Slumbrew Porter Square Porter
Porter, 6.5% ABV

Sayeth the Guys:

KARL: I love new beer. It’s all shiny and fresh with that fancy new-beer smell. And for whatever reason, when I saw that Slumbrew from the Somerville Brewing Company was now available in Chicago, I figured hey – how about some brand new (to us) beer? And so it came to pass that I swung by Binny’s and grabbed m’self some Porter Square Porter.

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On Hallowed Ground: We Went To Shorts (Finally)

KARL: It should come as no surprise that we like Shorts. Combine a minimalistic sensibility with an aptitude for amazing specialty brews and experimental fruit beers (paired with a little bit of demand from market limitation) and you’ve got a recipe for Shorts, and we like it. Despite being in Northern Michigan just a short drive up the road from Traverse City, a place I find myself semi-regularly, I’ve never found my way through the tree-lined state roads to Bellaire, Michigan. Until Friday night, that is.

As part of an 8-hour trip to the northeastern tip of the mitten, we went a good 90 minutes out of our way to find the wide spot in the road where the Shorts brewpub sat. Based on our tiny little bit of observation of the geography, Shorts appears to be the only game in town – and on Friday night with the sun going down over the woods, they were in full swing.

Each brewpub is a different animal, and at this beast you stand in a long, winding line through practically half the building to place your food and drink order. Menu-wise, Shorts has a nice selection of sandwiches, pizza and other items, much like Marshall’s Dark Horse, but the vibe is “log cabin lodge house” versus “biker garage.”

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“12 Beers of Christmas” Review: Three Floyds Alpha Klaus

Three Floyds says:

“Alpha Klaus is Alpha King’s festive cousin. A big American Christmas Porter brewed with English chocolate malt, Mexican sugar and of course, tons of strange American hops. Cheers!”

Three Floyds Alpha Klaus
Porter, 6% ABV

Sayeth the Guys:

Andrew: Last summer, while attending a party at Ryan’s place, I walked away from a bottle of beer while I made a quick trip to the restroom. Little did I know, while I was gone, someone dropped a cigarette butt into bottle thinking it was empty. Upon my return, I eagerly took a swig of my beer and tasted nothing but cigarette ash. That’s how I felt drinking the Alpha Klaus…like the combination of an ash tray with the bottom of a charcoal grill.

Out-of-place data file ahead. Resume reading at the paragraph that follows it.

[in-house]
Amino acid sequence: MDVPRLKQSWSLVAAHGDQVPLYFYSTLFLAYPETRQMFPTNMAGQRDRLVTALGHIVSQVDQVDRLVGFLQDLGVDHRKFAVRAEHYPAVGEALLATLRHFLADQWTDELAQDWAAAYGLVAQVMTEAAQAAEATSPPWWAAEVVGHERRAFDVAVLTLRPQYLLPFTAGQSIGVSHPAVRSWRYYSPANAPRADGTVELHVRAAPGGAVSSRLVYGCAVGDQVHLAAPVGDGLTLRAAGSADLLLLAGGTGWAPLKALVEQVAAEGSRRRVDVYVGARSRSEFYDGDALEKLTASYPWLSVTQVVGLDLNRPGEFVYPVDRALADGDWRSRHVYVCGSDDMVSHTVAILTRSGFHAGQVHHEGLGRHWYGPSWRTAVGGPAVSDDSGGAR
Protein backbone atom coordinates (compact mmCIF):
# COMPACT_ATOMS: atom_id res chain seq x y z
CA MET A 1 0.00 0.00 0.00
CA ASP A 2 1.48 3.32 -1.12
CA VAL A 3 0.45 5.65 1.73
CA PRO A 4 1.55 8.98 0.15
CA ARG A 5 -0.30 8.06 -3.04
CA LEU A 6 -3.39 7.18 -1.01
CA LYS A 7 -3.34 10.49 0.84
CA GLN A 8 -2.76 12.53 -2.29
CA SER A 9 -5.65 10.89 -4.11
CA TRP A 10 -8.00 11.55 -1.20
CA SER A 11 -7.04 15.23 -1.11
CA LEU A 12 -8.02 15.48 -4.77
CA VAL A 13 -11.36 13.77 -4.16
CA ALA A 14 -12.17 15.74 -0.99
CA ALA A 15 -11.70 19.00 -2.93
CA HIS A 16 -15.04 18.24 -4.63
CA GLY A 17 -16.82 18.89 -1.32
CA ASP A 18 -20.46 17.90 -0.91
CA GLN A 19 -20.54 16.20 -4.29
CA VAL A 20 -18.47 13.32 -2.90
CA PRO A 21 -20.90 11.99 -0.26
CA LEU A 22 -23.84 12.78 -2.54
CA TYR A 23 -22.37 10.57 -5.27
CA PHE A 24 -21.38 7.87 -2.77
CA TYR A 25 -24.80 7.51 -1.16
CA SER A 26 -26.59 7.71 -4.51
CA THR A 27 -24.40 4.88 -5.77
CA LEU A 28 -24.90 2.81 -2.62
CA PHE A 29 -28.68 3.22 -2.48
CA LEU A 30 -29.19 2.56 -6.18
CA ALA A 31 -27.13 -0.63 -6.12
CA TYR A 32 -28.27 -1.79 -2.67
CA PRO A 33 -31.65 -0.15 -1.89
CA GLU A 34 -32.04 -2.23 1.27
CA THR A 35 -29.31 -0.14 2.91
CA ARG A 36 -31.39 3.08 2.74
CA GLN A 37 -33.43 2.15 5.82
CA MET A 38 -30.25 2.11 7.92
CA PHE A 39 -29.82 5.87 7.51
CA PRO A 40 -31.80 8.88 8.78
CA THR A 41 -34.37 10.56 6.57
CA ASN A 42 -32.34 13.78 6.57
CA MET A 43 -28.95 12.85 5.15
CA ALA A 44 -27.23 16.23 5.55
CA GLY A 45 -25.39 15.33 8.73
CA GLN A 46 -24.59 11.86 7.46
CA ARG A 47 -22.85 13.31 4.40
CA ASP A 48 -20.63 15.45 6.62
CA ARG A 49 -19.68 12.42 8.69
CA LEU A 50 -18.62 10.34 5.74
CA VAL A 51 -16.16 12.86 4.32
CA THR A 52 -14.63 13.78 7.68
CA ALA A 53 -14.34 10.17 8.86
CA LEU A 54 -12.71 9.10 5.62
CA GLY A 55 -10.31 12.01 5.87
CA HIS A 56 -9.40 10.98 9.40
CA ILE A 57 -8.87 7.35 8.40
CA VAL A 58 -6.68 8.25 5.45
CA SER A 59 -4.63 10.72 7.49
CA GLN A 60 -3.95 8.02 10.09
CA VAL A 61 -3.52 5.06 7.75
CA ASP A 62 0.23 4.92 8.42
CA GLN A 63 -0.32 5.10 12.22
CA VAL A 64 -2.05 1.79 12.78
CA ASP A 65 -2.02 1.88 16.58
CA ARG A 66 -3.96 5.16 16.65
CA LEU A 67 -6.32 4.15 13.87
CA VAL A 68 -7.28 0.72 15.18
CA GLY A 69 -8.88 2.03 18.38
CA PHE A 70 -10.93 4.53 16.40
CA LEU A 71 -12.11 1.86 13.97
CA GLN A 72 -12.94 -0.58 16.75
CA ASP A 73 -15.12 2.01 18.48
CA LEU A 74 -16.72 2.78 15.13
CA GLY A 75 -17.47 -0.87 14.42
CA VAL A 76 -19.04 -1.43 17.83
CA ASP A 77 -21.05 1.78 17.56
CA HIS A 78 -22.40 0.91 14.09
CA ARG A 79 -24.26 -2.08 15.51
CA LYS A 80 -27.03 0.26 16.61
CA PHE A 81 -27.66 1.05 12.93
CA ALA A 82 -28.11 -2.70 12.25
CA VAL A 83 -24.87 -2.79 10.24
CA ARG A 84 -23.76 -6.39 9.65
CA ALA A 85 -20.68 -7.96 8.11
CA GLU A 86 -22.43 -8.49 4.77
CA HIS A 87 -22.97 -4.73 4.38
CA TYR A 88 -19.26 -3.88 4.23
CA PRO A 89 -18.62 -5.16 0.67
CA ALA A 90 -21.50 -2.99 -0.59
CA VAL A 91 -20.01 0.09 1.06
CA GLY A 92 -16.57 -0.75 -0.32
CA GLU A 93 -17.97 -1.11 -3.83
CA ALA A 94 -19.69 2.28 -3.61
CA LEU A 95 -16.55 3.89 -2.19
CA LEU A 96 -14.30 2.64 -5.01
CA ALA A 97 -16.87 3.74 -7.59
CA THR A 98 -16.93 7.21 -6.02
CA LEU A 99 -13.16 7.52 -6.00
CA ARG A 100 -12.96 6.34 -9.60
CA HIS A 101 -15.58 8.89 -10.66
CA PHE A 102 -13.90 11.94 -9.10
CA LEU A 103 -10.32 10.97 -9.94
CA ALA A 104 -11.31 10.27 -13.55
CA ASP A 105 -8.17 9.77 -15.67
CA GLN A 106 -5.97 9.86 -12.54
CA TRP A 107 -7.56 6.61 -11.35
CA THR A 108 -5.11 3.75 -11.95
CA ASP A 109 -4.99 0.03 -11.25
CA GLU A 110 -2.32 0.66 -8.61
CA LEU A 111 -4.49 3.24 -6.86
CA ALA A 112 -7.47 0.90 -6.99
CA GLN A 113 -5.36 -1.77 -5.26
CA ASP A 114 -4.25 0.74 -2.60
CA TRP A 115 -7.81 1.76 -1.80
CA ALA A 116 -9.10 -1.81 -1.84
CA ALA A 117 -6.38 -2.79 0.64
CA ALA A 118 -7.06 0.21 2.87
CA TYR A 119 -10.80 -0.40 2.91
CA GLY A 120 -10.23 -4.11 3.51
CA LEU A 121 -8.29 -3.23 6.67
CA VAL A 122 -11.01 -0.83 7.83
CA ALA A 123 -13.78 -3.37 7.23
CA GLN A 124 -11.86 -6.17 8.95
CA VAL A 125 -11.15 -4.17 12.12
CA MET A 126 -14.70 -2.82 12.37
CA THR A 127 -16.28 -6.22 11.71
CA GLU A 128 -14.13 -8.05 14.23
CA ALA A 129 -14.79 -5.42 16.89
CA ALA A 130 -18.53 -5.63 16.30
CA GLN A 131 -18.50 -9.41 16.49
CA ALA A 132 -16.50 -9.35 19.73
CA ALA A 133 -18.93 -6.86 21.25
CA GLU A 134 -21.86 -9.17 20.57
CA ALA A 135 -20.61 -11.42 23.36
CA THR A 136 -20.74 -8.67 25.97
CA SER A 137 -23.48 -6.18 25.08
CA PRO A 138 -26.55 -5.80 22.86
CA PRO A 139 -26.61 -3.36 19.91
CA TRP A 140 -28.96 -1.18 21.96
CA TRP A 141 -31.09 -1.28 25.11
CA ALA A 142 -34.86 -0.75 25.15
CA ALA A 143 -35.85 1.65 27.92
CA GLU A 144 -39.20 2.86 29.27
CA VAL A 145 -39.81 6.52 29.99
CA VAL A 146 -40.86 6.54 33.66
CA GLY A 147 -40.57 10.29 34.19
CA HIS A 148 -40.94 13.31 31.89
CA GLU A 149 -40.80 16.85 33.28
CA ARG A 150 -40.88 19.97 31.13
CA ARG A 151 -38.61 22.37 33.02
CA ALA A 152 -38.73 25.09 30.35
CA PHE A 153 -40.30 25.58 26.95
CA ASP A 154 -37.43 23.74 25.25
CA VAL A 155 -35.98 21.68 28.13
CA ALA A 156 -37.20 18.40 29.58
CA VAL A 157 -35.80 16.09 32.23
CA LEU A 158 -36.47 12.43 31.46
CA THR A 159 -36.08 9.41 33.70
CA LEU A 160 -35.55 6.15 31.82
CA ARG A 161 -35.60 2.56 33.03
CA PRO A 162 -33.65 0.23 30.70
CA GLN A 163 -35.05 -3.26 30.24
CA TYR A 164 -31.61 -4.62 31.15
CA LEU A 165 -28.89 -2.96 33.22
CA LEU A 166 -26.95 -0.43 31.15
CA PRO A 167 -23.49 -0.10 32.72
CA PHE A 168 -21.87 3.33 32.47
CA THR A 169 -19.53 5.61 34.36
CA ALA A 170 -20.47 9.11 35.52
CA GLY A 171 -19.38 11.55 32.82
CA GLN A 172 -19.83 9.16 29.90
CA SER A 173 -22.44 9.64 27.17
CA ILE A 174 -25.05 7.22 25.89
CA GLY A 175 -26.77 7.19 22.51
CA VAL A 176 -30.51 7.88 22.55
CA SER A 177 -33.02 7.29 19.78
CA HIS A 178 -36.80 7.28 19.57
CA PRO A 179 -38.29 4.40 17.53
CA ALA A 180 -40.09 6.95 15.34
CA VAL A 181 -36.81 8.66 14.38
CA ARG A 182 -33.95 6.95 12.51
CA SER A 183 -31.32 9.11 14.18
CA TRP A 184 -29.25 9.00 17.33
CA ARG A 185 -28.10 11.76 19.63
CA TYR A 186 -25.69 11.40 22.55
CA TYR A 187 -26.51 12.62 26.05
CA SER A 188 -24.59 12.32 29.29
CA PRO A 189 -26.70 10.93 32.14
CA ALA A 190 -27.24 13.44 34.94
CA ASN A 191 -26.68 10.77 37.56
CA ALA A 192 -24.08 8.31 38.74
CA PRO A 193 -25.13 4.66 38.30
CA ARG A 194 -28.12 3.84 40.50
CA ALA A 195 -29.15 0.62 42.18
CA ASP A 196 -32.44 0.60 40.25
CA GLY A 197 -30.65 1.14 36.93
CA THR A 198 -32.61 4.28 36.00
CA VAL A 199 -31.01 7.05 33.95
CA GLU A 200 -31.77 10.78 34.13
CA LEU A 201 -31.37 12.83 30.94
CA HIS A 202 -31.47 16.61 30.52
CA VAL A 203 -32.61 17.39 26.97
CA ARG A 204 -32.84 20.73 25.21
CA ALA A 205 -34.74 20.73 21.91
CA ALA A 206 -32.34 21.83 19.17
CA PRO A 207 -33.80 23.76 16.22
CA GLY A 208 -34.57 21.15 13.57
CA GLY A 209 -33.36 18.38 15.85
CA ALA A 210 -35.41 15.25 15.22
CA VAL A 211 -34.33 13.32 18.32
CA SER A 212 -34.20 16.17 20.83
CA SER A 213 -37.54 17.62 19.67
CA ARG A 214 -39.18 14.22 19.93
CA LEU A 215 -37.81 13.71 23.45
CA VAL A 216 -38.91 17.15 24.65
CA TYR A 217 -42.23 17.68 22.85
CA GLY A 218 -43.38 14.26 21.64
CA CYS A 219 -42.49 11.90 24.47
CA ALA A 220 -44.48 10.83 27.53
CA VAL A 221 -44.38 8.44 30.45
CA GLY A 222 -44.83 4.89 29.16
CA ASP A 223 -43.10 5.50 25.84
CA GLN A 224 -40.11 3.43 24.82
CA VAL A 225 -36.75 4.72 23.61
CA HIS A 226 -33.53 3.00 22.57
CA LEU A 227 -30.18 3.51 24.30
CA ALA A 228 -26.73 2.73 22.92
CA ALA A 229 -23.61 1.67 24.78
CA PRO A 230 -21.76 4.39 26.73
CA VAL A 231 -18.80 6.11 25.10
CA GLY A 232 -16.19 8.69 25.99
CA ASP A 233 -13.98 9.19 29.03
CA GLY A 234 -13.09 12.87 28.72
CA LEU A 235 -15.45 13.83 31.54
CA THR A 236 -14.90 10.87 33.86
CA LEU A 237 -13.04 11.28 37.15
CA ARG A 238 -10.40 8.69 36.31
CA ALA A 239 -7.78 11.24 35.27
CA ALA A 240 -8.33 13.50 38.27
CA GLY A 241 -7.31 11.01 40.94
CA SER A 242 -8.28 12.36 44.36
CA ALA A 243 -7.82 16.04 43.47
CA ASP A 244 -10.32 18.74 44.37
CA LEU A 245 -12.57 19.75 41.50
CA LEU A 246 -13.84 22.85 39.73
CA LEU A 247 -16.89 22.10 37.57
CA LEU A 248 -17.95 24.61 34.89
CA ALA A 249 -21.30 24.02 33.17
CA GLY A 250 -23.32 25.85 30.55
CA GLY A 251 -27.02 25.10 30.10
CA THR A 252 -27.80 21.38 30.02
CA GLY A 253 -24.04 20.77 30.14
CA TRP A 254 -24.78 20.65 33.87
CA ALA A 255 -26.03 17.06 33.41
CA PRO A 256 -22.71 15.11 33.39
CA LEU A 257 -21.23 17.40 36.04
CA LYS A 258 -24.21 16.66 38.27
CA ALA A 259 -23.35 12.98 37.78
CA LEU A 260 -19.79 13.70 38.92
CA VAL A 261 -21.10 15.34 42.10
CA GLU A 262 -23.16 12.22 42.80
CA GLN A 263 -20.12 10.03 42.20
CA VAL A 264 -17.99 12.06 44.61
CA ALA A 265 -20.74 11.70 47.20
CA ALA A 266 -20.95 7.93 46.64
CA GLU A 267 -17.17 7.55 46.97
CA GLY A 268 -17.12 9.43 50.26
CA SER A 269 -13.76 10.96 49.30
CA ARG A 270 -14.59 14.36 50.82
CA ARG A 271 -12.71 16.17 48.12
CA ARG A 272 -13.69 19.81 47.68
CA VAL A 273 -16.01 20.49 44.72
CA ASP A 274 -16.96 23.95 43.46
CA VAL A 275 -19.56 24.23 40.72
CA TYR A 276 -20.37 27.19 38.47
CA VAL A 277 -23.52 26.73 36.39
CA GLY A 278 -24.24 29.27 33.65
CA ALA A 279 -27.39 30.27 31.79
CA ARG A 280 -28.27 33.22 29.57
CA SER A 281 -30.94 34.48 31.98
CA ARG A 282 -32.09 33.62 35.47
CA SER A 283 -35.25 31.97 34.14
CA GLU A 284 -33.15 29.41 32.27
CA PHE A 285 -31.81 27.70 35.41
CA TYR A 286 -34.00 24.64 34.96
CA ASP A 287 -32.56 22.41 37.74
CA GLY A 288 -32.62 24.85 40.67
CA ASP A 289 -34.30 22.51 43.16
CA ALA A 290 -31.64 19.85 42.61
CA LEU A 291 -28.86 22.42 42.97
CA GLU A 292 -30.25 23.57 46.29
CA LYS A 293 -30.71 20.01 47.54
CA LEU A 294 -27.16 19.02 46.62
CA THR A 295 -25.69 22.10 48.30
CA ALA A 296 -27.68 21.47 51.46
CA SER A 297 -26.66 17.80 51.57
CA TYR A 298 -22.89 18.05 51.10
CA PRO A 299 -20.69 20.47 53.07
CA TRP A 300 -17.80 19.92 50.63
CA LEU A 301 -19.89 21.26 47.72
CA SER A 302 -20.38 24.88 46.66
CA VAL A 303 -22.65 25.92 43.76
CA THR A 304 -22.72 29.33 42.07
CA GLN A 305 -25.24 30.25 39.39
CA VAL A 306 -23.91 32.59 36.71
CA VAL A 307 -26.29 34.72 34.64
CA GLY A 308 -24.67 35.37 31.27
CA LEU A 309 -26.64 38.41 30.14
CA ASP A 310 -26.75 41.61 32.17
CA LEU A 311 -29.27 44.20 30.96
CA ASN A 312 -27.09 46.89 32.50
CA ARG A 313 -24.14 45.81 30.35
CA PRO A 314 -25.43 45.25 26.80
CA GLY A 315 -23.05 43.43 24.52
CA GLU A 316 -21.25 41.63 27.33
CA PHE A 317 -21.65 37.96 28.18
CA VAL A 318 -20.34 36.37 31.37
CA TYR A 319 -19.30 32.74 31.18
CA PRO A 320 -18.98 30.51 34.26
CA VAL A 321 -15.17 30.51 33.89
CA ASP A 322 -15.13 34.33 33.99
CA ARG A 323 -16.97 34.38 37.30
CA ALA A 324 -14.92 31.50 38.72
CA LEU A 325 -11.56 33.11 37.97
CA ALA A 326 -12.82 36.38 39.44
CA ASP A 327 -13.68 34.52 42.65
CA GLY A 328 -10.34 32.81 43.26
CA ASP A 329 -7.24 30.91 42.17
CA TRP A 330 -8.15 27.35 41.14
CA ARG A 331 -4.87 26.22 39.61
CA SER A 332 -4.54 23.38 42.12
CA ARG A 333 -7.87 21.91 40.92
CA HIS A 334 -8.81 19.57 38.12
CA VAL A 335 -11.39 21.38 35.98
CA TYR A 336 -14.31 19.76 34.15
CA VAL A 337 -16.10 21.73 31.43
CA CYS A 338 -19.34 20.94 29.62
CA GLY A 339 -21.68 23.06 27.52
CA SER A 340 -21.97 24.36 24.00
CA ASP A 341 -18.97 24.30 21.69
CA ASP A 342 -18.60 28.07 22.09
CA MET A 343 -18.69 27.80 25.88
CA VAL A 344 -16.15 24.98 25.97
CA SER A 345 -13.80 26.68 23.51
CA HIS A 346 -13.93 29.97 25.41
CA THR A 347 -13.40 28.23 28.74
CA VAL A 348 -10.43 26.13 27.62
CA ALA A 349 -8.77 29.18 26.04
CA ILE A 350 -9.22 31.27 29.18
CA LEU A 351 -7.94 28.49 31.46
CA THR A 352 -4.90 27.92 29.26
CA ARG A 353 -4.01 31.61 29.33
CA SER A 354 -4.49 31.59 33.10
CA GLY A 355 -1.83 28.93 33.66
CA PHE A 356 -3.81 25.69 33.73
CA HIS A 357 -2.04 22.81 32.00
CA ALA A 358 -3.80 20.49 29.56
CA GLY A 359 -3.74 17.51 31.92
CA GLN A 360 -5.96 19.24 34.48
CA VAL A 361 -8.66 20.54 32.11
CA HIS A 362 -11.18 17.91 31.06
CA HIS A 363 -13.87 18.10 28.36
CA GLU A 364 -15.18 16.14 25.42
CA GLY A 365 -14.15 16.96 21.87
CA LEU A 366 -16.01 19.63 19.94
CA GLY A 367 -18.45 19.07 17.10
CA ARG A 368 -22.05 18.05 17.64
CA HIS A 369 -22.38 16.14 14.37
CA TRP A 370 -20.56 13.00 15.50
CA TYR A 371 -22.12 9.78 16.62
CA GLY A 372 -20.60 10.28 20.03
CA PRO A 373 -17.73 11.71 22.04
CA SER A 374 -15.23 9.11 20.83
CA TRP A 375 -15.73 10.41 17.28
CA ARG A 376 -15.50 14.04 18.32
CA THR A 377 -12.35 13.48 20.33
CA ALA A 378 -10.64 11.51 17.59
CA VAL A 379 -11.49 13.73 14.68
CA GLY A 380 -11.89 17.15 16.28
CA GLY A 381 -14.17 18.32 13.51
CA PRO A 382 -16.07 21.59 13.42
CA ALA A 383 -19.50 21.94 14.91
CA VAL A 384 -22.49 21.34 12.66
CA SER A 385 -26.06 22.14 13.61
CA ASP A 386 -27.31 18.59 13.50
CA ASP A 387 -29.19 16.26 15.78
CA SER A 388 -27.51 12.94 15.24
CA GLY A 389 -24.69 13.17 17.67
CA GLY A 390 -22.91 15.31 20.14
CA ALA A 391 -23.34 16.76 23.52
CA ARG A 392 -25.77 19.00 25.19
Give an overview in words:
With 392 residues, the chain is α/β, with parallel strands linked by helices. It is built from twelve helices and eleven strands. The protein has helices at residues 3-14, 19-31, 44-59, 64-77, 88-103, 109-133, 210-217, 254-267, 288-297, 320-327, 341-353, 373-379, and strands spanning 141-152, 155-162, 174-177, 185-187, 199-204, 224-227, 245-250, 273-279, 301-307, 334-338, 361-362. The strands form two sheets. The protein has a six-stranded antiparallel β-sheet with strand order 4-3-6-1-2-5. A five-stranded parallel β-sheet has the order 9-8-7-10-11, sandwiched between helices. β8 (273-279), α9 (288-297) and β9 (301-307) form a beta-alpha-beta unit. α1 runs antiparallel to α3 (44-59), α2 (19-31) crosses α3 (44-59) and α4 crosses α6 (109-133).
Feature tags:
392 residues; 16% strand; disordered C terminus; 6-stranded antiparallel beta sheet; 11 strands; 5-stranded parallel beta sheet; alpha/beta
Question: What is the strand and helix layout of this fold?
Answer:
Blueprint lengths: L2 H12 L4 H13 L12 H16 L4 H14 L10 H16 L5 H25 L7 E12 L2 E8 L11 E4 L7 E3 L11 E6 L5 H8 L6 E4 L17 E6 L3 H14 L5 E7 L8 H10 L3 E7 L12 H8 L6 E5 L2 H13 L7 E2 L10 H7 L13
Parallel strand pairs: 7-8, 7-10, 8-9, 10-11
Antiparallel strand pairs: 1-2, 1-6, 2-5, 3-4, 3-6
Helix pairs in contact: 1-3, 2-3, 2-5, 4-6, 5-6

Harsh? Maybe. True? Absolutely. Continue reading

Review: Atwater Vanilla Java Porter

Atwater says:

“Made with fine-roasted coffee beans and vanilla extract, this is one of the most admired beers Atwater offers. Unique and flavorful, with a chocolate malt finish, this beer is a perfect balance of complimentary ingredients.”

Atwater Vanilla Java Porter
Porter, 6% ABV

Sayeth the Guys:

I tried this beer a few years ago when I first started to get in to craft beer. It was not love at first sight. I picked up one bottle as part of a mixed six pack and that one bottle, essentially, exploded when I popped off the cap. Head went everywhere and I was left with a half of a glass of what tasted like a carbonated milkshake. Blech. Being very impressionable at the time, and also stubborn, I vowed to never drink an Atwater beer again because of that experience. Despite attempts from other friends who had enjoyed this beer, I would not cave. Until last week. I was in a porter kind of mood, saw a bottle in the cooler and thought, “maybe I should give it a second chance?”

So, I did. Continue reading

Review: Founders Porter

Founders says:

“Pours silky black with a creamy tan head. The nose is sweet with strong chocolate and caramel malt presence. No absence of hops gives Founders’ robust porter the full flavor you deserve and expect. Cozy like velvet. It’s a lover, not a fighter.

Founders Porter
Porter, 6.5% ABV

“I could drink only Founders Porter for the rest of my life and be a happy man.”

I sent that exact text to Karl while sipping on two of these at Dusty’s Tap Room in Okemos, MI. It was the first real day of fall. The temperature was a little brisk, definitely jacket weather, and leaves on the trees along I-94 were starting to show some subtle changes. Which meant as quickly as the weather changed so did my beer tastes. I am very much a seasonal beer drinker. Once the temperature dips below 60 or 65 I am rendered incapable of drinking any and all wheat beers and kolschs. Sometimes I’m even hard pressed to drink an IPA. The colder it gets the darker, heavier and more complex my beers must get. That day, it was porter weather and I had my heart set on one as soon as I walked through the door. To my dismay, the tap handles showed almost all summer beers – except for one.

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Review: Heavy Seas Letter Of Marque 2010 (Rye Porter)

Heavy Seas says:

“Winners from our 2009 Letter of Marque Homebrew Competition will work along side our brewers to create this one time special release. Letter of Marque will feature a different beer every year selected from our national homebrew competition. This year’s recipe is from Frank Butt and Neil Heinlein.”

Heavy Seas Letter of Marque 2010 (Rye Porter)
Porter, 7.8% ABV

Sayeth the Guys:

Karl: My familiarity with Heavy Seas’ work is nil, and wandering into their boundary waters with this beer is an interesting point of entry. This is essentially a homebrew recipe, put together in conjunction with the HS people in the background, so I’m not going to try and assume that this is representative of all Heavy Seas’ work…because really, I don’t know. It could be. Continue reading